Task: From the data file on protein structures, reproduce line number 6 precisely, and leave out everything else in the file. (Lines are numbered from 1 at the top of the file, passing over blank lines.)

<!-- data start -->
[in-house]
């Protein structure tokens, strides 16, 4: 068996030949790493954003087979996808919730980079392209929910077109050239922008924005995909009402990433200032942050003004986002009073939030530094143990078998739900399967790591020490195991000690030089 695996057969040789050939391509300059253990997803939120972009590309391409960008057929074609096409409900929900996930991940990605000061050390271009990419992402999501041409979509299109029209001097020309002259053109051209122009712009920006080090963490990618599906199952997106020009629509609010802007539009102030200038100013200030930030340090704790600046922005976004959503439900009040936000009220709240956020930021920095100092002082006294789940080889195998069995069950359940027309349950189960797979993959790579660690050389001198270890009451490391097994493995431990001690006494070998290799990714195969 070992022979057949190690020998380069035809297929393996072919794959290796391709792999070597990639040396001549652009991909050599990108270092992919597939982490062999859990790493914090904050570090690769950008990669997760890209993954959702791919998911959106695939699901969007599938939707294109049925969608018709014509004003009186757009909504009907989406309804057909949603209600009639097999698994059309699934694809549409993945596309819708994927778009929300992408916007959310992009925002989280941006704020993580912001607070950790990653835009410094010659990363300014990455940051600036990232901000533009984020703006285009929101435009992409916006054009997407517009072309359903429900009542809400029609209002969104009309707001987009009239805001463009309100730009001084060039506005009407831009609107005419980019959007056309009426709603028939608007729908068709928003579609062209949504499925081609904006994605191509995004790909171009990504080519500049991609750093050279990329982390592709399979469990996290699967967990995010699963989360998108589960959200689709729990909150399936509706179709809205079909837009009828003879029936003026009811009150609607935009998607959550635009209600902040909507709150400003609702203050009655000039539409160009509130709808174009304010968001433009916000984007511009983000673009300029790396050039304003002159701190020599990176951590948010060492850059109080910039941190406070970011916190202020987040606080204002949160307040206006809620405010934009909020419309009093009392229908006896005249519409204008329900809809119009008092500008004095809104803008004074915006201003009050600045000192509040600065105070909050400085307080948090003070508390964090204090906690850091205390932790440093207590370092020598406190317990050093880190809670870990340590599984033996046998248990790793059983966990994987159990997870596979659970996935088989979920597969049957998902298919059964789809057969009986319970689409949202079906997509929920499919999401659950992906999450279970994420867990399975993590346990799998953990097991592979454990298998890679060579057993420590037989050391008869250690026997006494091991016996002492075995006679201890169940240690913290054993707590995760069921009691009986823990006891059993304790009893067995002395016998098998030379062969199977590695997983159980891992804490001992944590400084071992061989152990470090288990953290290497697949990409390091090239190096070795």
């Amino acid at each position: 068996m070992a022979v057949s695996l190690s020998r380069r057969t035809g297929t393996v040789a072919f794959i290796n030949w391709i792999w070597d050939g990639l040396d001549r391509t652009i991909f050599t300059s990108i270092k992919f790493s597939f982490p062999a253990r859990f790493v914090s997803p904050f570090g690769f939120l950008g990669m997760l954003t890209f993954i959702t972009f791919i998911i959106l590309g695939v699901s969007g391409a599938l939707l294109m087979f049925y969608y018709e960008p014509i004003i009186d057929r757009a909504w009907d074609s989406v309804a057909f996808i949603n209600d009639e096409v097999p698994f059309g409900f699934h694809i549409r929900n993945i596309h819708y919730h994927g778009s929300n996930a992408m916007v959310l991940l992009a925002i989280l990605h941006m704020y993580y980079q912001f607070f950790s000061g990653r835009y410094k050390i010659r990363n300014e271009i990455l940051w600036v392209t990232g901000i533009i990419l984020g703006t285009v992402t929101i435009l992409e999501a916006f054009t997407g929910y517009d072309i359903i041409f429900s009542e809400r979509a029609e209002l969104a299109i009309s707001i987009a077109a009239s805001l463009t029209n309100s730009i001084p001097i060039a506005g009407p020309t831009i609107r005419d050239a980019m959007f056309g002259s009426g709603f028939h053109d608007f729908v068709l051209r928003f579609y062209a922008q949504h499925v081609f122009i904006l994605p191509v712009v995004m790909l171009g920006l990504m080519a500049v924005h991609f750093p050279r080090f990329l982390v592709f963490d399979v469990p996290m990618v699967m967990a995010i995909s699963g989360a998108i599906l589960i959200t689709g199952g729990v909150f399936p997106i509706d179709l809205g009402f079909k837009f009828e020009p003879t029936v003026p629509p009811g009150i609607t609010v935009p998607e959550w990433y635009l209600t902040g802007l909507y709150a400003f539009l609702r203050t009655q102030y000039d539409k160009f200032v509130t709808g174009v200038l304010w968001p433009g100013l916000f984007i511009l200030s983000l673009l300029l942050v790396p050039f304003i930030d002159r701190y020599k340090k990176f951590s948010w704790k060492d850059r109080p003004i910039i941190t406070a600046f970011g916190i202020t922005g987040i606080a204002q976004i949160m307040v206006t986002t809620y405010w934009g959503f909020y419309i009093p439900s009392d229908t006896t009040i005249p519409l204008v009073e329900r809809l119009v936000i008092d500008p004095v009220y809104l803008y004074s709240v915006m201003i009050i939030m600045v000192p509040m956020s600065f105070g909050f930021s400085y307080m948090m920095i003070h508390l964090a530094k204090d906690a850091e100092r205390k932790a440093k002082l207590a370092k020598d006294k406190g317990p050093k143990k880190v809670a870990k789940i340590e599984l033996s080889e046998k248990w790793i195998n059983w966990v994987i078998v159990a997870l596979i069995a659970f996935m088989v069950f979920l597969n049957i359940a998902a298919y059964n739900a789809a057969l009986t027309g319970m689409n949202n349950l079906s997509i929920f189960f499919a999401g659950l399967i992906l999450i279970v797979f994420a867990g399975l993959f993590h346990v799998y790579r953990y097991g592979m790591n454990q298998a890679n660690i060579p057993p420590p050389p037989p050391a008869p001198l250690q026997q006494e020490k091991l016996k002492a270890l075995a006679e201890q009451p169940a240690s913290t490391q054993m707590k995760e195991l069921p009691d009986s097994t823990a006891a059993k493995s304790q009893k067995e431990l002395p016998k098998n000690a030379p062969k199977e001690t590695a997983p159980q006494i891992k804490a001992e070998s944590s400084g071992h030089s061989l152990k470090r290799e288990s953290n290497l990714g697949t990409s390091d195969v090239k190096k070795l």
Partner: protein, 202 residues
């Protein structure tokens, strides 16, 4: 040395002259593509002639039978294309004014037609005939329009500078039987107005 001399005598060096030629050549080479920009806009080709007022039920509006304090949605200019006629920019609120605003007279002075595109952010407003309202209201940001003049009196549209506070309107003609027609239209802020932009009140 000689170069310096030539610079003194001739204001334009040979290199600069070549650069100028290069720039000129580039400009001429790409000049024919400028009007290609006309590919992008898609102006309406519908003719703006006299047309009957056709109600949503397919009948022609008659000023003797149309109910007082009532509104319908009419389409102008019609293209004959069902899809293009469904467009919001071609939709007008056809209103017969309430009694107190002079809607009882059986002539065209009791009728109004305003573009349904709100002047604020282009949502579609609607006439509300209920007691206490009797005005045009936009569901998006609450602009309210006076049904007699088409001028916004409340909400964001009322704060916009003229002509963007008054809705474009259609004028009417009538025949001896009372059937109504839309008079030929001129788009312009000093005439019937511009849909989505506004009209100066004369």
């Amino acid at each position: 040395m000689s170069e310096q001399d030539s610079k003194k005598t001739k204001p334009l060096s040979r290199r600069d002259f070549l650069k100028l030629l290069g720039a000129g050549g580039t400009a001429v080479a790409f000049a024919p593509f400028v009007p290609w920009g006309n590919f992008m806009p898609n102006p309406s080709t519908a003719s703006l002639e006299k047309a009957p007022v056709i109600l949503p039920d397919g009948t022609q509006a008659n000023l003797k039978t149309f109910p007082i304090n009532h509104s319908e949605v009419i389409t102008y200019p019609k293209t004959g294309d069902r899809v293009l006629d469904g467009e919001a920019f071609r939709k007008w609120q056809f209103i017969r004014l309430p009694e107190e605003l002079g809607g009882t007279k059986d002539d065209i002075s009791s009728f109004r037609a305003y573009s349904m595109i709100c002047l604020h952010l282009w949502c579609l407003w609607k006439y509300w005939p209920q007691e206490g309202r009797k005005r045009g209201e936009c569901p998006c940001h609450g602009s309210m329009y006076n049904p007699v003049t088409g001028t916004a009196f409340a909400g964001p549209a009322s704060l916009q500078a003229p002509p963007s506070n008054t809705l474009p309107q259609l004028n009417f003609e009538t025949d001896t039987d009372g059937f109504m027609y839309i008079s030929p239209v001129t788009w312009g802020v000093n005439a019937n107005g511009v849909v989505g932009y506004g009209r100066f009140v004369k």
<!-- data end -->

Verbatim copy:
């Amino acid at each position: 040395m000689s170069e310096q001399d030539s610079k003194k005598t001739k204001p334009l060096s040979r290199r600069d002259f070549l650069k100028l030629l290069g720039a000129g050549g580039t400009a001429v080479a790409f000049a024919p593509f400028v009007p290609w920009g006309n590919f992008m806009p898609n102006p309406s080709t519908a003719s703006l002639e006299k047309a009957p007022v056709i109600l949503p039920d397919g009948t022609q509006a008659n000023l003797k039978t149309f109910p007082i304090n009532h509104s319908e949605v009419i389409t102008y200019p019609k293209t004959g294309d069902r899809v293009l006629d469904g467009e919001a920019f071609r939709k007008w609120q056809f209103i017969r004014l309430p009694e107190e605003l002079g809607g009882t007279k059986d002539d065209i002075s009791s009728f109004r037609a305003y573009s349904m595109i709100c002047l604020h952010l282009w949502c579609l407003w609607k006439y509300w005939p209920q007691e206490g309202r009797k005005r045009g209201e936009c569901p998006c940001h609450g602009s309210m329009y006076n049904p007699v003049t088409g001028t916004a009196f409340a909400g964001p549209a009322s704060l916009q500078a003229p002509p963007s506070n008054t809705l474009p309107q259609l004028n009417f003609e009538t025949d001896t039987d009372g059937f109504m027609y839309i008079s030929p239209v001129t788009w312009g802020v000093n005439a019937n107005g511009v849909v989505g932009y506004g009209r100066f009140v004369k």